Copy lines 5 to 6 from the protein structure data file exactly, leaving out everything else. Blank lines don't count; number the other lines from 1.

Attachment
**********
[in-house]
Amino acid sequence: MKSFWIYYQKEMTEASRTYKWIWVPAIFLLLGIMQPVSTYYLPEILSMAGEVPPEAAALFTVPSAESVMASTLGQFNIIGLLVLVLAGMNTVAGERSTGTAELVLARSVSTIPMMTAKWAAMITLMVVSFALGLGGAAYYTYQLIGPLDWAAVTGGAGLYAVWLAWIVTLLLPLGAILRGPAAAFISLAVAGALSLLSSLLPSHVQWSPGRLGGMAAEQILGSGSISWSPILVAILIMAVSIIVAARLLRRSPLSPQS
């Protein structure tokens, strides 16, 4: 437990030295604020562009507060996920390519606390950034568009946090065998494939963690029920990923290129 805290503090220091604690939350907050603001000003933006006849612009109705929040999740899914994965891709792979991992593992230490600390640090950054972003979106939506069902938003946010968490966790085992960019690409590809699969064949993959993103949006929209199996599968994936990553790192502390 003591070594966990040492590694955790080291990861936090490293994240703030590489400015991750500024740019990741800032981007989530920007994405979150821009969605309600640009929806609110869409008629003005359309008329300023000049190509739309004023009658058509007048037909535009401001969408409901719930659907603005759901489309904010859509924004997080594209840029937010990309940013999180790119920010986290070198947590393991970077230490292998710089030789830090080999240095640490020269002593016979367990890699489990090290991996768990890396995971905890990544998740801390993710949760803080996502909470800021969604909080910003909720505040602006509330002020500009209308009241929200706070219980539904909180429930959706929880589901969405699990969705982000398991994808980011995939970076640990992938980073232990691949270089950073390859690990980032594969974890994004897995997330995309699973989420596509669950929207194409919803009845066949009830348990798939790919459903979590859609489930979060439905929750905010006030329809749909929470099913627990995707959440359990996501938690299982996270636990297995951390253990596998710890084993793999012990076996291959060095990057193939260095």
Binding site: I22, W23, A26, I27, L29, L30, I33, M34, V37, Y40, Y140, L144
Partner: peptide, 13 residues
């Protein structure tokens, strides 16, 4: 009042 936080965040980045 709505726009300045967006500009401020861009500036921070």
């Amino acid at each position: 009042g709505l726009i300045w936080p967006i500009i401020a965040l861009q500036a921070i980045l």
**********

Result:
Partner: peptide, 13 residues
């Protein structure tokens, strides 16, 4: 009042 936080965040980045 709505726009300045967006500009401020861009500036921070």